The soundtrack benefited from the constant rotation of its videos on MTV and VH1. "(I've Had) The Time of My Life" and "She's Like the Wind," as well as "Hungry Eyes" by Eric "All By Myself" Carmen were mainstays of the music video channels in '87/'88, thanks mostly to the handsome mug and naked torso of Swayze. The oh-so-adorable Jennifer Gray sporting her original nose certainly didn't hurt either. The songs were ridiculously catchy, too.

The aforementioned original songs, especially the senior prom theme-friendly "(I've Had) The Time of My Life," and their teen-focused videos helped propel the Dirty Dancing soundtrack to historic levels. The album may not have the street cred the other albums in our top seven do, but admit it: more than 20 years later, you still know all the words to pretty much every song. --Tania

5. Footloose
You're probably thinking, "Sure, I played my Footloose cassette to death in Junior High, but why should I replace it now? I rarely 'kick off my Sunday shoes' and 'cut loose' anymore. I'm busy. Plus I've got bad knees."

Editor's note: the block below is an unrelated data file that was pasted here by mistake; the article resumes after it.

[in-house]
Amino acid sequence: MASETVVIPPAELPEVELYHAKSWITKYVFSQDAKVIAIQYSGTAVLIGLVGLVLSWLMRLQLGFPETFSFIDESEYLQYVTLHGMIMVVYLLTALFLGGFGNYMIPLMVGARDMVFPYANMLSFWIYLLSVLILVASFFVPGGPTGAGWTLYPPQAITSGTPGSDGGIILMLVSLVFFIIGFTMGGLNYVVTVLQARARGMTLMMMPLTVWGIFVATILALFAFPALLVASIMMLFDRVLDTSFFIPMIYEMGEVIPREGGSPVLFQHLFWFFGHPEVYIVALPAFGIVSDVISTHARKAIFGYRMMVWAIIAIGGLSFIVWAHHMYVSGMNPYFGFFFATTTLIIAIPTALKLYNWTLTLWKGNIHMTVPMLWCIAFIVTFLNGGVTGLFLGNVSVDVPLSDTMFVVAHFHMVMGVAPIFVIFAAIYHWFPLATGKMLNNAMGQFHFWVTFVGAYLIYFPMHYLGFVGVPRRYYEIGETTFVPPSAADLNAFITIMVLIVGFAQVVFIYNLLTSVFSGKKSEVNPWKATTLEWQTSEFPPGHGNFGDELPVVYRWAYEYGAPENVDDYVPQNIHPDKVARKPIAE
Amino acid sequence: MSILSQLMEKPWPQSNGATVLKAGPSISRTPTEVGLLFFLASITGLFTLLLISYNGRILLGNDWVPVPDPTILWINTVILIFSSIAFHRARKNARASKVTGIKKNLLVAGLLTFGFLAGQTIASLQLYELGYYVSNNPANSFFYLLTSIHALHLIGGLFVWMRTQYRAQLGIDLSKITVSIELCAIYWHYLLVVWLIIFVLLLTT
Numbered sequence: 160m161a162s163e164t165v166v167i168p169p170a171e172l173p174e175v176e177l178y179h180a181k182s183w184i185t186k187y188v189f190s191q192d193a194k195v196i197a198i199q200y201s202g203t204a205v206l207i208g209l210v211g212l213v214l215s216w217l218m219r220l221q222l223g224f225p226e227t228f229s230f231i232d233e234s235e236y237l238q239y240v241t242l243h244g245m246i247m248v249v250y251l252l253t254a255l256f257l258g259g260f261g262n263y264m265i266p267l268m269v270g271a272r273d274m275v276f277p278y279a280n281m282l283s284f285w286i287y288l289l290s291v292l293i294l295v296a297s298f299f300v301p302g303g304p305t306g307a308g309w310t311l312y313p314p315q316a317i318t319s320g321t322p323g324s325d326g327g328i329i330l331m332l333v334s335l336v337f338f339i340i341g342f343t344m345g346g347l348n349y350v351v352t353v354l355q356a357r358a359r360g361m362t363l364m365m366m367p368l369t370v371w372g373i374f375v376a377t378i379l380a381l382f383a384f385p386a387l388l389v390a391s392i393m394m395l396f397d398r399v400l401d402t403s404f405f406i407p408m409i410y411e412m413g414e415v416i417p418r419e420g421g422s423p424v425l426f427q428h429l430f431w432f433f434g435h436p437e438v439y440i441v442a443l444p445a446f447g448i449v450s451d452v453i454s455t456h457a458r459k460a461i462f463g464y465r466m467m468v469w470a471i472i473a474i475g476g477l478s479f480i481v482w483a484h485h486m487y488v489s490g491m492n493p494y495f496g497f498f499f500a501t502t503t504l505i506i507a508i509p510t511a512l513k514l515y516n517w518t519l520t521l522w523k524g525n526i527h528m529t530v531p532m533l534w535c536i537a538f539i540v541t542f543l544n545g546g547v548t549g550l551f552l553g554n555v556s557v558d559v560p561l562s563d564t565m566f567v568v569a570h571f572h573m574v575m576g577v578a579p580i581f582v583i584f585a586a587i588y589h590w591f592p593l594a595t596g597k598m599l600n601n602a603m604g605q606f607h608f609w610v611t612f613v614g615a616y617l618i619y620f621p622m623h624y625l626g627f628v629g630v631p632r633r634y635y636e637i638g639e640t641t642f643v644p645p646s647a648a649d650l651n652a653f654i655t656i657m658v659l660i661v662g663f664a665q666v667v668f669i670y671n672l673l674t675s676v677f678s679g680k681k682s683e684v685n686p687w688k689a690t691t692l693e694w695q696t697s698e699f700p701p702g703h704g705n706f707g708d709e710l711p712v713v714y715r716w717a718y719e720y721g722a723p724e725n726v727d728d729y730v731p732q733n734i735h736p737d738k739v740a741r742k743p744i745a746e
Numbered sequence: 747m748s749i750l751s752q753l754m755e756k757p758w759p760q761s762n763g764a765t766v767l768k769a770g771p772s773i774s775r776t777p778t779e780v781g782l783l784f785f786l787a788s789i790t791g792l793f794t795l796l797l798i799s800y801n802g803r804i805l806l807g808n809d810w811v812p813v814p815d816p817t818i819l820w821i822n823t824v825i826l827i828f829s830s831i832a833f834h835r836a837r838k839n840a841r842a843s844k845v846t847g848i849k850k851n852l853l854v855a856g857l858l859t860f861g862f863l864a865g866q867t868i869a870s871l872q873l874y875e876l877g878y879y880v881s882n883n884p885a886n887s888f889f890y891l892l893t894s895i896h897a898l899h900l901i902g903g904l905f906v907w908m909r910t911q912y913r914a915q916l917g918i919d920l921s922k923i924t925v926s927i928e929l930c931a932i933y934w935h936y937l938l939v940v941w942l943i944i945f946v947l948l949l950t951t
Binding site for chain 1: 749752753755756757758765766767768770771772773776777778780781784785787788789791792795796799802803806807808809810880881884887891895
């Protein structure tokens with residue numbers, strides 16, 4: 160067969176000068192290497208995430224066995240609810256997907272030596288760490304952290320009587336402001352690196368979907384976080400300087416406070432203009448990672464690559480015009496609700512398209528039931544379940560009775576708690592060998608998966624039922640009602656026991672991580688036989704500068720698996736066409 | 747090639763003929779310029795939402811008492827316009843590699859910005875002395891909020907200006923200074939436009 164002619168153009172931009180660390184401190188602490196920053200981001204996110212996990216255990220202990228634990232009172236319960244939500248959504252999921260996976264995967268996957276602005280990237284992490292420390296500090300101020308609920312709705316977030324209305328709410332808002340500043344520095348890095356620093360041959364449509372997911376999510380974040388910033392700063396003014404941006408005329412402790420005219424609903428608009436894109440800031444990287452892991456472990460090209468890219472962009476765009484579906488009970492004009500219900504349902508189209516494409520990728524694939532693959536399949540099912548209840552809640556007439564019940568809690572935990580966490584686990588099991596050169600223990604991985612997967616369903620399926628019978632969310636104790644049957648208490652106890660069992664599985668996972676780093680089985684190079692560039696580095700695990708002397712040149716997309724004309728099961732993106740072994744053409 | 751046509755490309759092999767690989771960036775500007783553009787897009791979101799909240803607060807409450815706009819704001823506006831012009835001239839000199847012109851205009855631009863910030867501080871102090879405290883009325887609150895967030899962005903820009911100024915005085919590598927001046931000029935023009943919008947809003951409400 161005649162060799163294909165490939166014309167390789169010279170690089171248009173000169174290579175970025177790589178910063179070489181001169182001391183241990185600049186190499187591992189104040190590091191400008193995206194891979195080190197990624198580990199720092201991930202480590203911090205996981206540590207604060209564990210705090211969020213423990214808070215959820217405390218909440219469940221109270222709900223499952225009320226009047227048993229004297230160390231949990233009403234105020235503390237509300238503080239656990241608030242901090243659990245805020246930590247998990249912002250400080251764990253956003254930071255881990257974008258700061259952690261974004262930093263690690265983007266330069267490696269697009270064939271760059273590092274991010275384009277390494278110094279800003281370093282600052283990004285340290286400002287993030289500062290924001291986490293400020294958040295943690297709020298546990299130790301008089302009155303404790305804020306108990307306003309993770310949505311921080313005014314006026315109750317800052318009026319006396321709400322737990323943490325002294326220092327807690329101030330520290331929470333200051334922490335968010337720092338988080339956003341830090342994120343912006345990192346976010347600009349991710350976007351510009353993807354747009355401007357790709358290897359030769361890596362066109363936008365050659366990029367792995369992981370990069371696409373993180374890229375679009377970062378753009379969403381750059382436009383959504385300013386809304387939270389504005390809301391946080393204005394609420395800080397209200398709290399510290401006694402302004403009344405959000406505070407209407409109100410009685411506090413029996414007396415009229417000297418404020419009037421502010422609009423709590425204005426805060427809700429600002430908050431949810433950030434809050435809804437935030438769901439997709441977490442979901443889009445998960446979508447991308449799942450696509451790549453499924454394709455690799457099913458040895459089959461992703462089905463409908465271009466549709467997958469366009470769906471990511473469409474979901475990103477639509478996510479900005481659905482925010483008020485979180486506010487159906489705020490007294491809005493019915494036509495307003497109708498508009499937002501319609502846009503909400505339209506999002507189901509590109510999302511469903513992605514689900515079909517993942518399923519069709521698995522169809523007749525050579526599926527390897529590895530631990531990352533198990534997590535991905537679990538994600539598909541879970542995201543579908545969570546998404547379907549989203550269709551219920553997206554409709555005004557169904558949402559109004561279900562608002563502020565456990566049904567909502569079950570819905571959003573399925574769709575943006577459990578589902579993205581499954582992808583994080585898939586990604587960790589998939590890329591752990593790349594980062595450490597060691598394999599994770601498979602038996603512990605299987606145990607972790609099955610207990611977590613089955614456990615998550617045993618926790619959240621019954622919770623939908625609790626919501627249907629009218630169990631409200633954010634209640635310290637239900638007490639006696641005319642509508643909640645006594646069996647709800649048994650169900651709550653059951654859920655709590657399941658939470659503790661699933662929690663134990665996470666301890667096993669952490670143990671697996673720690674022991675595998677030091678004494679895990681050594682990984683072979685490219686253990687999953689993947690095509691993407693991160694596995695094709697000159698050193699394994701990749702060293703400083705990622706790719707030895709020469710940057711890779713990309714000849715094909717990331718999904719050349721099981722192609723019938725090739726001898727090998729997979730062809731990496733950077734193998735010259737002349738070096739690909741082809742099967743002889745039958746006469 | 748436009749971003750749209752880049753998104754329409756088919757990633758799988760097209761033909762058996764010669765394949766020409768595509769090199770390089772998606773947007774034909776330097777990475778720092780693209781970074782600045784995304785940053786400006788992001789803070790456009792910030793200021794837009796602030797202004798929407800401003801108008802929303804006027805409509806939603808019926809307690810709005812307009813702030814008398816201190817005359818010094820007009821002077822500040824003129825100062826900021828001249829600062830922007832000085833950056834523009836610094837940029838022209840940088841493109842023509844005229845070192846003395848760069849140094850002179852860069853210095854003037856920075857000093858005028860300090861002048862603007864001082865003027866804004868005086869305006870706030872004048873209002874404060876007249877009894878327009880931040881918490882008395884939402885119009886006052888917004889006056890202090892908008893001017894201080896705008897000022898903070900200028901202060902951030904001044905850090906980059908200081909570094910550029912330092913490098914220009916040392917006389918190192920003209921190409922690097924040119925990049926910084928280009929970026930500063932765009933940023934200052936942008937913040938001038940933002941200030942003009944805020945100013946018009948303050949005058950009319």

Why? Are you kidding me? This soundtrack's got a little bit of everything, a perfect blend of buoyant '80s danceability. It offers not only genre-spanning pop ear candy, but the perfect background music for so many everyday situations.

Say you're trying to teach your best buddy how to unleash his inner pop-and-lock: Deniece Williams's bubblegum-snappy "Let's Hear it for the Boy" is the perfect accompaniment. Or how about when you find yourself in a game of tractor chicken, barreling down a dusty road towards your opponent at a terrifying, breakneck two miles per hour? You need Bonnie Tyler rasping out the heart-pounding "Holding Out for a Hero" in the background.